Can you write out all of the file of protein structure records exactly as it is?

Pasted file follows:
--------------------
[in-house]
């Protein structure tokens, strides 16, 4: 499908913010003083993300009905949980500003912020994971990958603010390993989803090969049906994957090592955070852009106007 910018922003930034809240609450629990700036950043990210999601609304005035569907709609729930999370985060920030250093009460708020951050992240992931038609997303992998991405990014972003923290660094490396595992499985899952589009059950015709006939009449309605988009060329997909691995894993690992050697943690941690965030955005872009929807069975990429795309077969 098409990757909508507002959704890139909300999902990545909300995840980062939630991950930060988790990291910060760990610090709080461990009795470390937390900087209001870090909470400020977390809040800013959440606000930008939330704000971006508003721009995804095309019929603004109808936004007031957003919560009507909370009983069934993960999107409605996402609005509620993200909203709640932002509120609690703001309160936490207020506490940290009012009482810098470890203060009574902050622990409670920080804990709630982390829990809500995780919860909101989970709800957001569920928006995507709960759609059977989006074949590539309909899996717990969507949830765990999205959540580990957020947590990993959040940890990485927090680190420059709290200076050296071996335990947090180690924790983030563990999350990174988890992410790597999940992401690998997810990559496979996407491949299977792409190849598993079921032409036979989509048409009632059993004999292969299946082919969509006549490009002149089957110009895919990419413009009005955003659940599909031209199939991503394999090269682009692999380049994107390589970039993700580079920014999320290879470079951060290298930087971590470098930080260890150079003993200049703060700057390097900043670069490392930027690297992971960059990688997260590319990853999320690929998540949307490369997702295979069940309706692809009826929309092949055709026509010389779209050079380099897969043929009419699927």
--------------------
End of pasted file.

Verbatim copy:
[in-house]
């Protein structure tokens, strides 16, 4: 499908913010003083993300009905949980500003912020994971990958603010390993989803090969049906994957090592955070852009106007 910018922003930034809240609450629990700036950043990210999601609304005035569907709609729930999370985060920030250093009460708020951050992240992931038609997303992998991405990014972003923290660094490396595992499985899952589009059950015709006939009449309605988009060329997909691995894993690992050697943690941690965030955005872009929807069975990429795309077969 098409990757909508507002959704890139909300999902990545909300995840980062939630991950930060988790990291910060760990610090709080461990009795470390937390900087209001870090909470400020977390809040800013959440606000930008939330704000971006508003721009995804095309019929603004109808936004007031957003919560009507909370009983069934993960999107409605996402609005509620993200909203709640932002509120609690703001309160936490207020506490940290009012009482810098470890203060009574902050622990409670920080804990709630982390829990809500995780919860909101989970709800957001569920928006995507709960759609059977989006074949590539309909899996717990969507949830765990999205959540580990957020947590990993959040940890990485927090680190420059709290200076050296071996335990947090180690924790983030563990999350990174988890992410790597999940992401690998997810990559496979996407491949299977792409190849598993079921032409036979989509048409009632059993004999292969299946082919969509006549490009002149089957110009895919990419413009009005955003659940599909031209199939991503394999090269682009692999380049994107390589970039993700580079920014999320290879470079951060290298930087971590470098930080260890150079003993200049703060700057390097900043670069490392930027690297992971960059990688997260590319990853999320690929998540949307490369997702295979069940309706692809009826929309092949055709026509010389779209050079380099897969043929009419699927």